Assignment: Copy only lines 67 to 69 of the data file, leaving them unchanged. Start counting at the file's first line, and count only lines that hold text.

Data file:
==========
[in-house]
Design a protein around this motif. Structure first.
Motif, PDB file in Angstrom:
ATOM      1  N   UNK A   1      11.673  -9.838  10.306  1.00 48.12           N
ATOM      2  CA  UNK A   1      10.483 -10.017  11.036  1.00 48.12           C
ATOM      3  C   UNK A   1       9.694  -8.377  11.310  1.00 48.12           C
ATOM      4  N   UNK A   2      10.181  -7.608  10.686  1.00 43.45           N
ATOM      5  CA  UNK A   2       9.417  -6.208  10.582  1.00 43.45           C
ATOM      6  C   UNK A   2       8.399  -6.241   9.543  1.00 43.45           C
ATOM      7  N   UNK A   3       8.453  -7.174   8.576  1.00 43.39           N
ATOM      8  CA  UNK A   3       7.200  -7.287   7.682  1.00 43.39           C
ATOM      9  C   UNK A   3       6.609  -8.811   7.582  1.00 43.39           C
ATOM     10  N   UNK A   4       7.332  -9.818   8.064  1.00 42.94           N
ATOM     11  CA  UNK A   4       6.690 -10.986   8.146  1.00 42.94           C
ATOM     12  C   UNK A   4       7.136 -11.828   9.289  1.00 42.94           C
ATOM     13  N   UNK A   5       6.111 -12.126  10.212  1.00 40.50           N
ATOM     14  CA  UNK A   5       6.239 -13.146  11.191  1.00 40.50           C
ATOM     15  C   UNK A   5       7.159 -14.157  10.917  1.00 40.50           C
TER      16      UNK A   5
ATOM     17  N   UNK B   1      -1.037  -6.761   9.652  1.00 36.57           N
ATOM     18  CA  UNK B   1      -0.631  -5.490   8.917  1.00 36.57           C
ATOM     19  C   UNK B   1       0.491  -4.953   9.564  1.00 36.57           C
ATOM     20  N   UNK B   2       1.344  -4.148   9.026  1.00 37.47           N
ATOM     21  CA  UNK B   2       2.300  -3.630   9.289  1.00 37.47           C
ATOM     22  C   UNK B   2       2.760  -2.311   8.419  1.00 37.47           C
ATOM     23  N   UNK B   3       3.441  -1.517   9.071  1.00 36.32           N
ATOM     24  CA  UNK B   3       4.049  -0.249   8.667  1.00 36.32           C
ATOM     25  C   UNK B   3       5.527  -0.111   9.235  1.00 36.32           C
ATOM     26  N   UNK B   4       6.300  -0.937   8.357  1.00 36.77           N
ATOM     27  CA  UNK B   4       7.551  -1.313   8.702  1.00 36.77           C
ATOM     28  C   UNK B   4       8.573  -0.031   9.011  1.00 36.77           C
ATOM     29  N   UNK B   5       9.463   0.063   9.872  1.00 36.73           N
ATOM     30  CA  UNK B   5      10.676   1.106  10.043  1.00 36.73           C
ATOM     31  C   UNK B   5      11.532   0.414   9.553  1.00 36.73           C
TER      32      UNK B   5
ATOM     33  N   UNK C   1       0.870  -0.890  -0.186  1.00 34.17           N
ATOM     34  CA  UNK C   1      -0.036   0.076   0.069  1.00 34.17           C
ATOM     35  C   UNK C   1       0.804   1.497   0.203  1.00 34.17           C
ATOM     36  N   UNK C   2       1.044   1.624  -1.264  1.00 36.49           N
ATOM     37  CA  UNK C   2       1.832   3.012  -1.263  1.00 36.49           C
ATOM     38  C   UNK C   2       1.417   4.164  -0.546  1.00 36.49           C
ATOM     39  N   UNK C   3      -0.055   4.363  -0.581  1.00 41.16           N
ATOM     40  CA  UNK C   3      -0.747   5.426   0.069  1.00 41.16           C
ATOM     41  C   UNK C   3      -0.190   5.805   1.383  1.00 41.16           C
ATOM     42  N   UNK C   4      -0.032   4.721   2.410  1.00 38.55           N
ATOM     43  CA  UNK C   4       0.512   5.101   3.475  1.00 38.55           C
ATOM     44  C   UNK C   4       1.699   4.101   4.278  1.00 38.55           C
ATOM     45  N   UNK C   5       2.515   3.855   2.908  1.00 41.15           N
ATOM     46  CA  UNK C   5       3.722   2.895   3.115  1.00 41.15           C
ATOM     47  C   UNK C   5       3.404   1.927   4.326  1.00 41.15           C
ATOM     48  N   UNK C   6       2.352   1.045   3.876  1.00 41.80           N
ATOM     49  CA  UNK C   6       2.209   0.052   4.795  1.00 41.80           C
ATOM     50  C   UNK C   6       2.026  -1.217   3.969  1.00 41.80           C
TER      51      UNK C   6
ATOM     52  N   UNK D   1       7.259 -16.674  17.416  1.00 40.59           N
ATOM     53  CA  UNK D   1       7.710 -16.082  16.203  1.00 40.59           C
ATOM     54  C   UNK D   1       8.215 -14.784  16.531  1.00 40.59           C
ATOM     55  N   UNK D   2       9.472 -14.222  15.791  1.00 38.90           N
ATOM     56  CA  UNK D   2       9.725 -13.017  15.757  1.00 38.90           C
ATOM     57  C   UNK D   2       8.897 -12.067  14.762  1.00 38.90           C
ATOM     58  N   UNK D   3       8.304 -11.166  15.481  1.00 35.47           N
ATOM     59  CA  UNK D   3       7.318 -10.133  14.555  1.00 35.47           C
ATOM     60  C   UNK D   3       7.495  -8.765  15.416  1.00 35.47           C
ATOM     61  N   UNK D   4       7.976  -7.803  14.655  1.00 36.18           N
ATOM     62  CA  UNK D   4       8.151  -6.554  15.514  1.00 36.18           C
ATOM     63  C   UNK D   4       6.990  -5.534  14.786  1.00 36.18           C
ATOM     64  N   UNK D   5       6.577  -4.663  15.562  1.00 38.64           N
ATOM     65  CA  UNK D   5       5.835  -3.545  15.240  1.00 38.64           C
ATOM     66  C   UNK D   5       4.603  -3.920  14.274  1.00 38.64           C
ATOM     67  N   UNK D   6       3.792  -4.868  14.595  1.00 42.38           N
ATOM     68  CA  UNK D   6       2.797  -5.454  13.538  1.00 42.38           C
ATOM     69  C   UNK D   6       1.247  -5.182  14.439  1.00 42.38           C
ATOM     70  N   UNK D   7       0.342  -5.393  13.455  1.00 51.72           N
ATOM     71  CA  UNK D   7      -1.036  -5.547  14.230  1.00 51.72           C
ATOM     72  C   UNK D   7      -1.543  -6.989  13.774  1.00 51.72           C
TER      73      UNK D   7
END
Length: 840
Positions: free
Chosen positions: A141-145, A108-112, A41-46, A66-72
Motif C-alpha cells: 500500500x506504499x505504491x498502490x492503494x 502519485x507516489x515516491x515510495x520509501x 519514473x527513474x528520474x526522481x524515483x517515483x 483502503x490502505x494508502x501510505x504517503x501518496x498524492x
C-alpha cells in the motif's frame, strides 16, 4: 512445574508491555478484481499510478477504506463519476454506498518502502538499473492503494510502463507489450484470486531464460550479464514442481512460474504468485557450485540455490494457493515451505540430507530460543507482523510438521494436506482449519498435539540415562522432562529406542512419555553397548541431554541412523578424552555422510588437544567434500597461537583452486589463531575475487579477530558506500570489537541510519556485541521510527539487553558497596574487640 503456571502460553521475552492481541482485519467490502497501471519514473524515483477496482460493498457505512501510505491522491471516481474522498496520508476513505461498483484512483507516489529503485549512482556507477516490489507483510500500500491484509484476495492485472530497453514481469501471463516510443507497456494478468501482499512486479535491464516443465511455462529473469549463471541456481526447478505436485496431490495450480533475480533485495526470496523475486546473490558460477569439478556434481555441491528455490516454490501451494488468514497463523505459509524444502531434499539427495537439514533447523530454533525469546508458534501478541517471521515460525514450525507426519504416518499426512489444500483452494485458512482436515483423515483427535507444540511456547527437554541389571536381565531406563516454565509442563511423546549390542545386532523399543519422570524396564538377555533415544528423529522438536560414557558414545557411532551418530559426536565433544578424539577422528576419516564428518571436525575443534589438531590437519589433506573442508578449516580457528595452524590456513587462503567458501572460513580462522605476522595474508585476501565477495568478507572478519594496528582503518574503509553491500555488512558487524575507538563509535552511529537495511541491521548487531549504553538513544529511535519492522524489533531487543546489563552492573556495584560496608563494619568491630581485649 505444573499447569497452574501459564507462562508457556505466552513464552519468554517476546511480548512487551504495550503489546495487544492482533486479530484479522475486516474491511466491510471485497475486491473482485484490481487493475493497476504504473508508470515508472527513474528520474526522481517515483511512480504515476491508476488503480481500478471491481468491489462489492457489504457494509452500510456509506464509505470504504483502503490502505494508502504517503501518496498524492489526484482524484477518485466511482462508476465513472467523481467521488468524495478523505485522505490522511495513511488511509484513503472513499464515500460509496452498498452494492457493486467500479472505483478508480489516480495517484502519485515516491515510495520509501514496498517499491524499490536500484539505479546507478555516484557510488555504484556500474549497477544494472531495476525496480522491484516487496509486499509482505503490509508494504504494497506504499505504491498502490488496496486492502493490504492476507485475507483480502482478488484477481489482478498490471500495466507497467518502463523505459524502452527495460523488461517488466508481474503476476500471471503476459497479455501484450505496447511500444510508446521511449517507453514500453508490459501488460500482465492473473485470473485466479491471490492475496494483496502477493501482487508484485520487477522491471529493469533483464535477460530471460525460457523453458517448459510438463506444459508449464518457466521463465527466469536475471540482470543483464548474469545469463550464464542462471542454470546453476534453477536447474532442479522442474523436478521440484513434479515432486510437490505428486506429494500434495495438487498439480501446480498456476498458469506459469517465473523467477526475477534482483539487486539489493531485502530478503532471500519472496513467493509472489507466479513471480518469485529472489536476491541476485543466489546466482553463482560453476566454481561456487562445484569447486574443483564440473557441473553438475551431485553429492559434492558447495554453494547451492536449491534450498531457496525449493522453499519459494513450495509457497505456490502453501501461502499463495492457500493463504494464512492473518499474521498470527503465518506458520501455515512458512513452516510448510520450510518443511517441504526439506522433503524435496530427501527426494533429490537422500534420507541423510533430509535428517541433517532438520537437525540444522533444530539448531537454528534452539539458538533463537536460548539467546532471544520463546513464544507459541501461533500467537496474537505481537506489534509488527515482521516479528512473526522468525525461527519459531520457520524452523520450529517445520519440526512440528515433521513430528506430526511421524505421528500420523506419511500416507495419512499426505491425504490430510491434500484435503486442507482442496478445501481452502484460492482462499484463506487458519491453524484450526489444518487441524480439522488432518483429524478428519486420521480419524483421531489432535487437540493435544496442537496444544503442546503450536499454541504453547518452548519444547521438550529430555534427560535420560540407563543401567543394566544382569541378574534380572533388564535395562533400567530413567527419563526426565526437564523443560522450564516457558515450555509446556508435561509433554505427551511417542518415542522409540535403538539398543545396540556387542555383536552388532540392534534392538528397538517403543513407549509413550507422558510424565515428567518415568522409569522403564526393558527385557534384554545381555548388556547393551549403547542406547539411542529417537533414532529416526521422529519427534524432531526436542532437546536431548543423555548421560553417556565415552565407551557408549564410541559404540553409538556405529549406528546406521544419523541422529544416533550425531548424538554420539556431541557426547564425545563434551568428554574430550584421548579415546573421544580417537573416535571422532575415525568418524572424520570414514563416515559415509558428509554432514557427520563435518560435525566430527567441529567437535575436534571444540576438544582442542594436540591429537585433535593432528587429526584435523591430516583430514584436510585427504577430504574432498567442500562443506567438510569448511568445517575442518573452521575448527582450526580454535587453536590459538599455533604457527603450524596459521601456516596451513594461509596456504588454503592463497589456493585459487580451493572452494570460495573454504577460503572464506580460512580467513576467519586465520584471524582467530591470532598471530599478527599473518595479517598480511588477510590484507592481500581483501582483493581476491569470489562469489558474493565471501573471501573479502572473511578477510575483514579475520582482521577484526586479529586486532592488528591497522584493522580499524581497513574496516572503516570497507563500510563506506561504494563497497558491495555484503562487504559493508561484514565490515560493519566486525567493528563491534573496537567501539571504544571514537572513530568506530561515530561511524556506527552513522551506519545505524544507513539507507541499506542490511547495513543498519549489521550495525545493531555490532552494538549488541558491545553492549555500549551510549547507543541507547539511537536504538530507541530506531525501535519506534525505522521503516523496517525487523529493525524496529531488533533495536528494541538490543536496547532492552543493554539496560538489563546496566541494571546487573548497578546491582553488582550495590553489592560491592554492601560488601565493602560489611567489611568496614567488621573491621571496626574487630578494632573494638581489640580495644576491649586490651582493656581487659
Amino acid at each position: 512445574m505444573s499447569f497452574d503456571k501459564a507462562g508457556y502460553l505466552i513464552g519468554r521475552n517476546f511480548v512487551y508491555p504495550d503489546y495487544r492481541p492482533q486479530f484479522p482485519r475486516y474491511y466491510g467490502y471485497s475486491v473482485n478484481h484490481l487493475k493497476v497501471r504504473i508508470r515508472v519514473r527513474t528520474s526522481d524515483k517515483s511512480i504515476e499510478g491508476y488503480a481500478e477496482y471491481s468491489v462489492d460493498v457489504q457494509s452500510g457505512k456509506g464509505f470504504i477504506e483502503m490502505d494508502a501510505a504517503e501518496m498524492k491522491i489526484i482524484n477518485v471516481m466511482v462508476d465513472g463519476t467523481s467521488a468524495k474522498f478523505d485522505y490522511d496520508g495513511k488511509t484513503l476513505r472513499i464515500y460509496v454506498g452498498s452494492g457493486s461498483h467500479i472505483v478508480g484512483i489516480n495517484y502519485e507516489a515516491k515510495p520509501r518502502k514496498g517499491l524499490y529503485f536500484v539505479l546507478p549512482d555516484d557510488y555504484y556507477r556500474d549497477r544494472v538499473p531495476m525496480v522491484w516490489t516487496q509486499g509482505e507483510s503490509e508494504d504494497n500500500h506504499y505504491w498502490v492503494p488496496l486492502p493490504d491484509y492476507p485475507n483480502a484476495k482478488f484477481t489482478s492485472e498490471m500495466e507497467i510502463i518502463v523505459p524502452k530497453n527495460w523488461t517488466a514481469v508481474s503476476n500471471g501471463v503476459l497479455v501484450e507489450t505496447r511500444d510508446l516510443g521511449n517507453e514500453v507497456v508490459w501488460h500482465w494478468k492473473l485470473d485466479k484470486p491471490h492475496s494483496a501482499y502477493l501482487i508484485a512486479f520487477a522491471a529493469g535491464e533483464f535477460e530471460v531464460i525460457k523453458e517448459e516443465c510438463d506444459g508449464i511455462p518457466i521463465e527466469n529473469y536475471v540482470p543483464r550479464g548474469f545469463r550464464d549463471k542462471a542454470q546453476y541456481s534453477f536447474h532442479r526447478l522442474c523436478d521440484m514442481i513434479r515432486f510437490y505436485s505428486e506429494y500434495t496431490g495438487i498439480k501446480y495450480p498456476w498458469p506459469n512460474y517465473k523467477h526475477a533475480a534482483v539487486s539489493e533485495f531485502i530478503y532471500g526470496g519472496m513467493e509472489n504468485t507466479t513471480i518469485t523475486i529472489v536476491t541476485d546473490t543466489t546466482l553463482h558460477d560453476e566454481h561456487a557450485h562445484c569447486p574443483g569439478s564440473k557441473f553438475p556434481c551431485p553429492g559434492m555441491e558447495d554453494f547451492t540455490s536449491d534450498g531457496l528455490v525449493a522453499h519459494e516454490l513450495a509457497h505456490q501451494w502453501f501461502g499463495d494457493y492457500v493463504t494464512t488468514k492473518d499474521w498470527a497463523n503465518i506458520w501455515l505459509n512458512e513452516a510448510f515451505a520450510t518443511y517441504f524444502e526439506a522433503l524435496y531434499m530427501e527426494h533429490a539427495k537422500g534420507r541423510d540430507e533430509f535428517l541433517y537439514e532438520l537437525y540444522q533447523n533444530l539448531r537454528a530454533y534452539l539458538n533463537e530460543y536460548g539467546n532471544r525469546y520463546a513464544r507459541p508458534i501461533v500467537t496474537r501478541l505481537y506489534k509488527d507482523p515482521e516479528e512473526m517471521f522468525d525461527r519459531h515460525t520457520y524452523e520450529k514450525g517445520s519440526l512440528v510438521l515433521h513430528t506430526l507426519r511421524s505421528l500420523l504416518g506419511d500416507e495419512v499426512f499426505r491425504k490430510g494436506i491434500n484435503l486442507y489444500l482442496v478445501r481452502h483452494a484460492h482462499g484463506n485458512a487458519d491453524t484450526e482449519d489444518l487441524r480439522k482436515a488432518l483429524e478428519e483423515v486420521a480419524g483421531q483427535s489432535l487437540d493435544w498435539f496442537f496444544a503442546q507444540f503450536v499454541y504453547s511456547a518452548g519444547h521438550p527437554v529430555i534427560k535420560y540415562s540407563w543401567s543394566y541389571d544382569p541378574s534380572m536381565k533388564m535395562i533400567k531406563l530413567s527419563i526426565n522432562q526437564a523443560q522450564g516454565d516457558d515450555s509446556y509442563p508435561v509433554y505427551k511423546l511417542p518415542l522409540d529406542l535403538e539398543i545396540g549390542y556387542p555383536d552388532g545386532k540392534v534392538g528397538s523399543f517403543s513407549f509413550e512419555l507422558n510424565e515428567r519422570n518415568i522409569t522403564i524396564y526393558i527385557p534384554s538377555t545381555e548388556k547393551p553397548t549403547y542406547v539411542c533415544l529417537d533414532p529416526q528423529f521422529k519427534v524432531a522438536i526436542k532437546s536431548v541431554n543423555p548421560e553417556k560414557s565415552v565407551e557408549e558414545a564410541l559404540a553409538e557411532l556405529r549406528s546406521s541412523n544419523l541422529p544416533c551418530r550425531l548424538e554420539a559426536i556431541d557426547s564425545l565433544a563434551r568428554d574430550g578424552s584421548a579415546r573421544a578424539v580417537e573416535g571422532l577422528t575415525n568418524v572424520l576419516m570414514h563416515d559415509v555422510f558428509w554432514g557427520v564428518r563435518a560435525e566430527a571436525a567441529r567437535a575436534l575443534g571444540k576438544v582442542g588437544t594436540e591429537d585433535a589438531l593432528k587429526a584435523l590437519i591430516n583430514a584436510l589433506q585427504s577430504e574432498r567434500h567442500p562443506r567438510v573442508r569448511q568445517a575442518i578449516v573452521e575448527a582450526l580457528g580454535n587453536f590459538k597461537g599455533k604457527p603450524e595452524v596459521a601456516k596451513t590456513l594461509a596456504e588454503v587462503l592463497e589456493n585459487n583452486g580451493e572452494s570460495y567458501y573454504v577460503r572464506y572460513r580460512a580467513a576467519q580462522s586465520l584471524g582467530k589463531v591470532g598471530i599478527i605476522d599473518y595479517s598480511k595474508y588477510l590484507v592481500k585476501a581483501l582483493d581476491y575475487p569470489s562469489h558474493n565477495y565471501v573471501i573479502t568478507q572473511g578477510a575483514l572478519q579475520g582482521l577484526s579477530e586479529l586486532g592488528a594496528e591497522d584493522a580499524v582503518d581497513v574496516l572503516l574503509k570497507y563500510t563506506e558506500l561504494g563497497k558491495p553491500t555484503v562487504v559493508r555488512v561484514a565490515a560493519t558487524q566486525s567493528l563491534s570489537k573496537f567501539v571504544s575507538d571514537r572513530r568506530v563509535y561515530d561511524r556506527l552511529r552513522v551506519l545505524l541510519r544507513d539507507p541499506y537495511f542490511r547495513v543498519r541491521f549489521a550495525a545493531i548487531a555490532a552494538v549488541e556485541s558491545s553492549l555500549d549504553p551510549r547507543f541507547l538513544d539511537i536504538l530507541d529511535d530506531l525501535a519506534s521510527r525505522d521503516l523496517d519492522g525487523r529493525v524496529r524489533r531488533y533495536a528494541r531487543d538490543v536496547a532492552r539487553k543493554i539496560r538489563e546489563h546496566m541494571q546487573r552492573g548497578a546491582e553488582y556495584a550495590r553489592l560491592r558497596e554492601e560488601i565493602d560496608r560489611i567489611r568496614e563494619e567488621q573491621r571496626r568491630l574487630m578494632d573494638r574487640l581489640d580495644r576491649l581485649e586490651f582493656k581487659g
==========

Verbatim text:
ATOM     64  N   UNK D   5       6.577  -4.663  15.562  1.00 38.64           N
ATOM     65  CA  UNK D   5       5.835  -3.545  15.240  1.00 38.64           C
ATOM     66  C   UNK D   5       4.603  -3.920  14.274  1.00 38.64           C